On reading the Bill, I found a number of matters not easy to understand. I look forward to exploring how the Bill interrelates with provisions elsewhere about antisocial behaviour. I hope that the Government can
 
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convince us that this is not another example of a nanny government knowing best, and also convince us that licensing in designated areas will improve conditions and not confirm that area as undesirable, consolidating its reputation in a vicious spiral.

One of my first thoughts about the Bill was that the level of penalties against landlords in breach was pretty low for them to be an adequate deterrent. I then found, though, that the Secretary of State can uprate the level of fines for some offences if he considers that there has been a change in the value of money. I thought that that was a function of standard scales. I hope to explore just how all this will operate and whether the fines will be an adequate deterrent. Mind you, I then went on to read that the Secretary of State can confer jurisdiction by order on the residential property tribunal. So anything seems possible, I suppose.

On both the rent deposit schemes and empty homes management, we will have to see the detail, although my guess is that there will be heavy reliance on regulations, which is where the devils mentioned by the noble Baroness, Lady Dean, may be. However, perhaps the Minister can tell the House tonight what consultation there will be on the detail of both of those matters.

One issue that has been raised but on which the Government have barely moved is the protection of houseboat owners and occupiers, to which both the noble Baroness, Lady Hanham, and my noble friend Lady Miller of Chilthorne Domer have referred. I say "barely" because until recently there was no movement at all. Indeed, I have seen a letter from an official at the ODPM to a houseboat owner that was almost entirely about park homes. And then the official said at the end,

of houseboat owners—

I think the answer to the last sentence is, "No, not very".

However, there is now a glimmer of light. In a more recent letter, Keith Hill wrote:

So I say to the Minister, can Defra and the ODPM please join up and find it in their hearts—and if necessary by changing the Long Title of the Bill—to "spatchcock", to use the term used by the noble Lord, Lord Graham, the protection that the Bill extends to park home owners to houseboat owners and occupiers so that we do not have to hear tales of uncontrolled service charges levied by the licensors of moorings, charging for 25 years in advance, cutting off water and electricity in order to move a houseboat owner on, and so on?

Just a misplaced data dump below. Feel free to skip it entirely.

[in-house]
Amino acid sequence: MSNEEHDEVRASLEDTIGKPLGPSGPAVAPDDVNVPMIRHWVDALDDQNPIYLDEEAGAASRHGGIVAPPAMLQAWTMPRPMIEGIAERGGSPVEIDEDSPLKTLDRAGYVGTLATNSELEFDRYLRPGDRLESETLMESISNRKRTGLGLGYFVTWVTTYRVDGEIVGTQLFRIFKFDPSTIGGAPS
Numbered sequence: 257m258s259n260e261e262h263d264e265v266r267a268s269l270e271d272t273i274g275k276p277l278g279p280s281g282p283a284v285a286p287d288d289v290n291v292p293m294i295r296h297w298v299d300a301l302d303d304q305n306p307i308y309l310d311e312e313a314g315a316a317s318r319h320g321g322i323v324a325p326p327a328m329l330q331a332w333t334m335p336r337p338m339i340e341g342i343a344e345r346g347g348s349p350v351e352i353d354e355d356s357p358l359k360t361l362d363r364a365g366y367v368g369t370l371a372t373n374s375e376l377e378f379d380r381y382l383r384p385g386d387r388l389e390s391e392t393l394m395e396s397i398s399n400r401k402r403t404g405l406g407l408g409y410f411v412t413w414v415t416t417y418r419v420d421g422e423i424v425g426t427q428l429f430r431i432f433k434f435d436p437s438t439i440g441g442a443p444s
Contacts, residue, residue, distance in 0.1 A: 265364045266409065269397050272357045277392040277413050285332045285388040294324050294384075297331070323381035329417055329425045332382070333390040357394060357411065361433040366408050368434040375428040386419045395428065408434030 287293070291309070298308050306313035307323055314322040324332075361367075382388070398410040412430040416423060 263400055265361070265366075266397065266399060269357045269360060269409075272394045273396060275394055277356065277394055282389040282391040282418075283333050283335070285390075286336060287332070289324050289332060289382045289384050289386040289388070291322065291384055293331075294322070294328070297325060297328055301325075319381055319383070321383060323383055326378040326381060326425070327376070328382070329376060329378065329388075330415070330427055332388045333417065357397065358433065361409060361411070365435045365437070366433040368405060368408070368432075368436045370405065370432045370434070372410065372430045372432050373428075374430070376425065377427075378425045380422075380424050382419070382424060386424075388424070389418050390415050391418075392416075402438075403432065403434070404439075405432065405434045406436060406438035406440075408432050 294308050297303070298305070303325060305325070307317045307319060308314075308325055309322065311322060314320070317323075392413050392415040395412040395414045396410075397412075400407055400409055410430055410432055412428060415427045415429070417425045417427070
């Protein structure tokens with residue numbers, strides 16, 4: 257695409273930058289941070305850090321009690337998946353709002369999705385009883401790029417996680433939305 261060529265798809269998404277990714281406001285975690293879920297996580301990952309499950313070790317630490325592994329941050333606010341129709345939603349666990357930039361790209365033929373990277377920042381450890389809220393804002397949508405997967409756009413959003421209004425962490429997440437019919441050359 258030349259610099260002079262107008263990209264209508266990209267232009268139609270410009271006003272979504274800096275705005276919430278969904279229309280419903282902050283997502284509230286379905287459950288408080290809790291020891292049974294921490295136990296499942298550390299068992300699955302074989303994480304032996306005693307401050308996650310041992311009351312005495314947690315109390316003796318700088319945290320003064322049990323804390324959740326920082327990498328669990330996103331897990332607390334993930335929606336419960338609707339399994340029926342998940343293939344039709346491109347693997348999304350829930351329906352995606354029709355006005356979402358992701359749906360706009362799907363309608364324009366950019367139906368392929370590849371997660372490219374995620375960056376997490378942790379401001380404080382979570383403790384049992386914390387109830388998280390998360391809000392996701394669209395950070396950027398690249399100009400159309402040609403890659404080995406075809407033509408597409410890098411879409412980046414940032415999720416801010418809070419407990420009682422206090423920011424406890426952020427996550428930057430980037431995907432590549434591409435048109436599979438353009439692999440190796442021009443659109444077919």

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As so often, there is far more in the Bill than one can hope to address at this stage, although the array of expertise available to the House and contributing to tonight's debate has meant that we have given it a pretty good airing. But for my final remarks I should declare an interest. I am still a practising solicitor—although I have to say as regards conveyancing matters that "practising" is probably still the right term. But my real interest is in achieving the best for the consumer—for both the buyer and the seller, not for the professional. So I take seriously the support of the Consumers' Association. I take very seriously, too, its campaign to regulate estate agents, who are too often not clear who is their client.

Returning to the issue of home information packs, I take seriously, too, the concerns of the Council of Mortgage Lenders and the Law Society, which the noble Lord, Lord MacGregor, used to such great forensic effect. If the packs are to be useful and if they are to include a home condition report, that report must be acceptable to lenders for mortgage purposes.

At the time of the Homes Bill three years ago, I recall being very surprised to find that only about 30 per cent of purchasers arranged their own surveys. I suspect that part of the reason for that is their cost. By imposing that new requirement on sellers, very many of whom are also buyers, the Government will make things more difficult and more expensive. The Government are talking up a solution that is not a solution to the real problems of the time and complexity of assembling a chain of vendors and purchasers. My observations do not lead me to the same conclusions as those of the noble Lord, Lord Borrie.

I attach less importance to the packs than some but, if we are to have them, let us sort out their validity, their contents—the remarks of the noble Baroness, Lady Young, were very useful on that—their format, and questions of liability insurance and inspection. I am with those who want to make them voluntary. If they are as useful as is claimed, they will catch on very fast. We will have an interesting time at further stages of the Bill's passage.